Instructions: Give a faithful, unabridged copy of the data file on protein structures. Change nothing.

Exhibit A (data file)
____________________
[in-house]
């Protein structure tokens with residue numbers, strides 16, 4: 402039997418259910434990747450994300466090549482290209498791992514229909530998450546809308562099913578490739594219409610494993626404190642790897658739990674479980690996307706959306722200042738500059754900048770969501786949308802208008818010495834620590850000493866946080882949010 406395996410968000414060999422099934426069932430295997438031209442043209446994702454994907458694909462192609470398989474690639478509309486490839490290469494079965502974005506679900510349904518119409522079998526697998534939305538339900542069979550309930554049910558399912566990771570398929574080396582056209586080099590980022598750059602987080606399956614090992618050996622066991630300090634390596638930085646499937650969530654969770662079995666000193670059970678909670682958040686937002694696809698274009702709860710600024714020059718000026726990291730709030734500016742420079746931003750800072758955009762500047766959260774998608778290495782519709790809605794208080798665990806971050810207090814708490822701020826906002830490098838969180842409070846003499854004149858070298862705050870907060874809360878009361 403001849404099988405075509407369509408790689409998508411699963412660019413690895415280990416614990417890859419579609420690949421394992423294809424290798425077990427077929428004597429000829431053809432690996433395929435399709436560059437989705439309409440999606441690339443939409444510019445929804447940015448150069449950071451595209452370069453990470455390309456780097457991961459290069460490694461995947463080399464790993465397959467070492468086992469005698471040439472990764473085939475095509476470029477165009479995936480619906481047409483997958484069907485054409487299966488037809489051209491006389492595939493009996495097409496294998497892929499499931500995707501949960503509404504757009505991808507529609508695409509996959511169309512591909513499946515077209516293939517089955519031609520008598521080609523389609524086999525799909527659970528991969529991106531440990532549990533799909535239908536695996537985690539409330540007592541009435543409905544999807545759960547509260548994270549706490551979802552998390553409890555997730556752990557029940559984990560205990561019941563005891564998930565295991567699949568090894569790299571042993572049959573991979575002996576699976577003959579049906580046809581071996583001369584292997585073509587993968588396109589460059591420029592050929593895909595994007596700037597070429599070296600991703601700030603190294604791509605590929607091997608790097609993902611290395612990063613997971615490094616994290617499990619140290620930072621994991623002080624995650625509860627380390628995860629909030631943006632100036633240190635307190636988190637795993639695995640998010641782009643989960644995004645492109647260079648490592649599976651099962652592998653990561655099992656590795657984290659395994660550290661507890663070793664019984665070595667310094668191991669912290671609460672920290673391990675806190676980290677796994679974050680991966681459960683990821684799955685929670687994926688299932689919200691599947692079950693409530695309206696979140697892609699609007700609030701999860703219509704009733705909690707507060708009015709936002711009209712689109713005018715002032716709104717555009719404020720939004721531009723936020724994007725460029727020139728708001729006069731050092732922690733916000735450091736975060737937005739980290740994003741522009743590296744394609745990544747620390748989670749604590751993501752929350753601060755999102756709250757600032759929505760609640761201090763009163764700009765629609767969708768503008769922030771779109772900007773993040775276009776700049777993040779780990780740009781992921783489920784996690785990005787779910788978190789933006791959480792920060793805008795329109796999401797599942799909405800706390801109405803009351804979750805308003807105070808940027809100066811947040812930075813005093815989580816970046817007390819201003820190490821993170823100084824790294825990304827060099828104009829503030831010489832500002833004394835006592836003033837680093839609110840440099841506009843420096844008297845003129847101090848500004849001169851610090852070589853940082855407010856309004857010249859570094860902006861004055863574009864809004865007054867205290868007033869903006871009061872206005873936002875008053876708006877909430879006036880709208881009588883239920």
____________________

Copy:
[in-house]
């Protein structure tokens with residue numbers, strides 16, 4: 402039997418259910434990747450994300466090549482290209498791992514229909530998450546809308562099913578490739594219409610494993626404190642790897658739990674479980690996307706959306722200042738500059754900048770969501786949308802208008818010495834620590850000493866946080882949010 406395996410968000414060999422099934426069932430295997438031209442043209446994702454994907458694909462192609470398989474690639478509309486490839490290469494079965502974005506679900510349904518119409522079998526697998534939305538339900542069979550309930554049910558399912566990771570398929574080396582056209586080099590980022598750059602987080606399956614090992618050996622066991630300090634390596638930085646499937650969530654969770662079995666000193670059970678909670682958040686937002694696809698274009702709860710600024714020059718000026726990291730709030734500016742420079746931003750800072758955009762500047766959260774998608778290495782519709790809605794208080798665990806971050810207090814708490822701020826906002830490098838969180842409070846003499854004149858070298862705050870907060874809360878009361 403001849404099988405075509407369509408790689409998508411699963412660019413690895415280990416614990417890859419579609420690949421394992423294809424290798425077990427077929428004597429000829431053809432690996433395929435399709436560059437989705439309409440999606441690339443939409444510019445929804447940015448150069449950071451595209452370069453990470455390309456780097457991961459290069460490694461995947463080399464790993465397959467070492468086992469005698471040439472990764473085939475095509476470029477165009479995936480619906481047409483997958484069907485054409487299966488037809489051209491006389492595939493009996495097409496294998497892929499499931500995707501949960503509404504757009505991808507529609508695409509996959511169309512591909513499946515077209516293939517089955519031609520008598521080609523389609524086999525799909527659970528991969529991106531440990532549990533799909535239908536695996537985690539409330540007592541009435543409905544999807545759960547509260548994270549706490551979802552998390553409890555997730556752990557029940559984990560205990561019941563005891564998930565295991567699949568090894569790299571042993572049959573991979575002996576699976577003959579049906580046809581071996583001369584292997585073509587993968588396109589460059591420029592050929593895909595994007596700037597070429599070296600991703601700030603190294604791509605590929607091997608790097609993902611290395612990063613997971615490094616994290617499990619140290620930072621994991623002080624995650625509860627380390628995860629909030631943006632100036633240190635307190636988190637795993639695995640998010641782009643989960644995004645492109647260079648490592649599976651099962652592998653990561655099992656590795657984290659395994660550290661507890663070793664019984665070595667310094668191991669912290671609460672920290673391990675806190676980290677796994679974050680991966681459960683990821684799955685929670687994926688299932689919200691599947692079950693409530695309206696979140697892609699609007700609030701999860703219509704009733705909690707507060708009015709936002711009209712689109713005018715002032716709104717555009719404020720939004721531009723936020724994007725460029727020139728708001729006069731050092732922690733916000735450091736975060737937005739980290740994003741522009743590296744394609745990544747620390748989670749604590751993501752929350753601060755999102756709250757600032759929505760609640761201090763009163764700009765629609767969708768503008769922030771779109772900007773993040775276009776700049777993040779780990780740009781992921783489920784996690785990005787779910788978190789933006791959480792920060793805008795329109796999401797599942799909405800706390801109405803009351804979750805308003807105070808940027809100066811947040812930075813005093815989580816970046817007390819201003820190490821993170823100084824790294825990304827060099828104009829503030831010489832500002833004394835006592836003033837680093839609110840440099841506009843420096844008297845003129847101090848500004849001169851610090852070589853940082855407010856309004857010249859570094860902006861004055863574009864809004865007054867205290868007033869903006871009061872206005873936002875008053876708006877909430879006036880709208881009588883239920």